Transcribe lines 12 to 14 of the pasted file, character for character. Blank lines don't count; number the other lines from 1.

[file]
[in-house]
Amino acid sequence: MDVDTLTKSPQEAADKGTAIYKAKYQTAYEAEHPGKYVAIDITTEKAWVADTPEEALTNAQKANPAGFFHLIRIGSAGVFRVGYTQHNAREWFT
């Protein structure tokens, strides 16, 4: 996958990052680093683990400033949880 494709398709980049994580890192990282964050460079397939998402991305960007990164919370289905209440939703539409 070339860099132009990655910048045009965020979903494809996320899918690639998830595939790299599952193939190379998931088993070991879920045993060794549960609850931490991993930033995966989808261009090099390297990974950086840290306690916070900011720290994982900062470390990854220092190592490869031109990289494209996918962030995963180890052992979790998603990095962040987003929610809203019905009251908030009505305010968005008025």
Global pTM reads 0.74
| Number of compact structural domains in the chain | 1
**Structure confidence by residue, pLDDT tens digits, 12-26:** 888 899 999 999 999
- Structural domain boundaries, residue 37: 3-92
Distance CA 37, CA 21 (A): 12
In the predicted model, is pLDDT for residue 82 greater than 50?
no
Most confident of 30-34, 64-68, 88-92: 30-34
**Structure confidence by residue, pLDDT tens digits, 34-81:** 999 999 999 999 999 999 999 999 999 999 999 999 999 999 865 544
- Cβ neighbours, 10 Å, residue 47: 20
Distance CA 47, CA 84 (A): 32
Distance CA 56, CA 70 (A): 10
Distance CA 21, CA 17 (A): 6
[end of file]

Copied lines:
**Structure confidence by residue, pLDDT tens digits, 34-81:** 999 999 999 999 999 999 999 999 999 999 999 999 999 999 865 544
- Cβ neighbours, 10 Å, residue 47: 20
Distance CA 47, CA 84 (A): 32